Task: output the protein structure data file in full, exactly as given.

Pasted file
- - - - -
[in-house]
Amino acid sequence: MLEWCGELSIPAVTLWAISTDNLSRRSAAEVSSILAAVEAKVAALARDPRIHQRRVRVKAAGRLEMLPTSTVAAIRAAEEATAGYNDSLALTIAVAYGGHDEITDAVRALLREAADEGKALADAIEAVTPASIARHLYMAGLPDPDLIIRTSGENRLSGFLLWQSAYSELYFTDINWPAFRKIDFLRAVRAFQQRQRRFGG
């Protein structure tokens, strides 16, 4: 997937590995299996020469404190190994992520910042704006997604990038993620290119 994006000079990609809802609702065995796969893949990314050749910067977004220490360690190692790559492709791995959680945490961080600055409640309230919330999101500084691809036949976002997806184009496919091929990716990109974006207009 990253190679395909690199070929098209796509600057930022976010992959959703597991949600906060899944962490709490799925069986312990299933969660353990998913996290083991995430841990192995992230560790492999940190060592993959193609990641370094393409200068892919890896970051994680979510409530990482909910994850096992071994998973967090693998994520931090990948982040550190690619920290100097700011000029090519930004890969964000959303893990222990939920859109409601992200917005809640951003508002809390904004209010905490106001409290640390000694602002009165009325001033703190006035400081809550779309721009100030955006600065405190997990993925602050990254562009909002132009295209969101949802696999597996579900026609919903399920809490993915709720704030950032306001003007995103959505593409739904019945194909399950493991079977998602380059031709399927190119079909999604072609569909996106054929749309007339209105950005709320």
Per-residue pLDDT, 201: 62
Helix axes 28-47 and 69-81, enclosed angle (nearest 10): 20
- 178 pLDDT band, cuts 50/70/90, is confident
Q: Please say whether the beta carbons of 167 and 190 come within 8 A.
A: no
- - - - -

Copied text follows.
[in-house]
Amino acid sequence: MLEWCGELSIPAVTLWAISTDNLSRRSAAEVSSILAAVEAKVAALARDPRIHQRRVRVKAAGRLEMLPTSTVAAIRAAEEATAGYNDSLALTIAVAYGGHDEITDAVRALLREAADEGKALADAIEAVTPASIARHLYMAGLPDPDLIIRTSGENRLSGFLLWQSAYSELYFTDINWPAFRKIDFLRAVRAFQQRQRRFGG
């Protein structure tokens, strides 16, 4: 997937590995299996020469404190190994992520910042704006997604990038993620290119 994006000079990609809802609702065995796969893949990314050749910067977004220490360690190692790559492709791995959680945490961080600055409640309230919330999101500084691809036949976002997806184009496919091929990716990109974006207009 990253190679395909690199070929098209796509600057930022976010992959959703597991949600906060899944962490709490799925069986312990299933969660353990998913996290083991995430841990192995992230560790492999940190060592993959193609990641370094393409200068892919890896970051994680979510409530990482909910994850096992071994998973967090693998994520931090990948982040550190690619920290100097700011000029090519930004890969964000959303893990222990939920859109409601992200917005809640951003508002809390904004209010905490106001409290640390000694602002009165009325001033703190006035400081809550779309721009100030955006600065405190997990993925602050990254562009909002132009295209969101949802696999597996579900026609919903399920809490993915709720704030950032306001003007995103959505593409739904019945194909399950493991079977998602380059031709399927190119079909999604072609569909996106054929749309007339209105950005709320």
Per-residue pLDDT, 201: 62
Helix axes 28-47 and 69-81, enclosed angle (nearest 10): 20
- 178 pLDDT band, cuts 50/70/90, is confident
Q: Please say whether the beta carbons of 167 and 190 come within 8 A.
A: no